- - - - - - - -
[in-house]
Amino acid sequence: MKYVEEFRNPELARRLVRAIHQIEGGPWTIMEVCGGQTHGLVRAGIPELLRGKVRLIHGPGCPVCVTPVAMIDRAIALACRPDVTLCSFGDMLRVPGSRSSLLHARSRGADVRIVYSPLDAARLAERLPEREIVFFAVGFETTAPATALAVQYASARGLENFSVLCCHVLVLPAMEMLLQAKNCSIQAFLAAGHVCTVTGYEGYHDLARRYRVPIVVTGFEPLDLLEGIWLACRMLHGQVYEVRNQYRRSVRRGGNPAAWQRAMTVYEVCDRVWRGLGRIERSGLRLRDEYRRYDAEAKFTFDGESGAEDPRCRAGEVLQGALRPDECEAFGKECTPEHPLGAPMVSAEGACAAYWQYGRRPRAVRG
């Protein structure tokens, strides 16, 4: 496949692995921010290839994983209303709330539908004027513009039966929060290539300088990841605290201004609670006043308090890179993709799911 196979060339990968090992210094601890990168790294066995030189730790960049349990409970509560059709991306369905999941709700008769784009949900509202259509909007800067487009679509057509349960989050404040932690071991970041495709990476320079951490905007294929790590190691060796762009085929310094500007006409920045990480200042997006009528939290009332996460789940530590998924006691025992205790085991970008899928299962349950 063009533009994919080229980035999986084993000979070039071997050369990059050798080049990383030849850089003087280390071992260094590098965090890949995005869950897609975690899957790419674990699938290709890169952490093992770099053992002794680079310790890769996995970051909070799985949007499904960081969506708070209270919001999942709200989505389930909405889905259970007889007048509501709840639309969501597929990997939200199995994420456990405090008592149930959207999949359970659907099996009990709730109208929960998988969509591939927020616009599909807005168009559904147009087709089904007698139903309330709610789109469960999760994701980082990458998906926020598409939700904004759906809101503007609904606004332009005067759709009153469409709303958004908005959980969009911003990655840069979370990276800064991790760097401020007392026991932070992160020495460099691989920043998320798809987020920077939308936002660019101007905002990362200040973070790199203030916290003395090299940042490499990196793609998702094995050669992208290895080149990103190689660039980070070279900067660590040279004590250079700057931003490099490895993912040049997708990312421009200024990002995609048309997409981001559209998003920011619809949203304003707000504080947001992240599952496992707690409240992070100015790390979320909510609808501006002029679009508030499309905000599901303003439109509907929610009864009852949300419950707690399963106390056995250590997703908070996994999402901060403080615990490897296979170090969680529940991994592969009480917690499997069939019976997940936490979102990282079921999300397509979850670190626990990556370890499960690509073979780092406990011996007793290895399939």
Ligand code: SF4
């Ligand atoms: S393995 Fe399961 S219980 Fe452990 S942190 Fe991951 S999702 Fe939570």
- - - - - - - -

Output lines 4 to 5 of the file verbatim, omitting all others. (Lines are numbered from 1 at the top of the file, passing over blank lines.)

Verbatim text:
Ligand code: SF4
């Ligand atoms: S393995 Fe399961 S219980 Fe452990 S942190 Fe991951 S999702 Fe939570």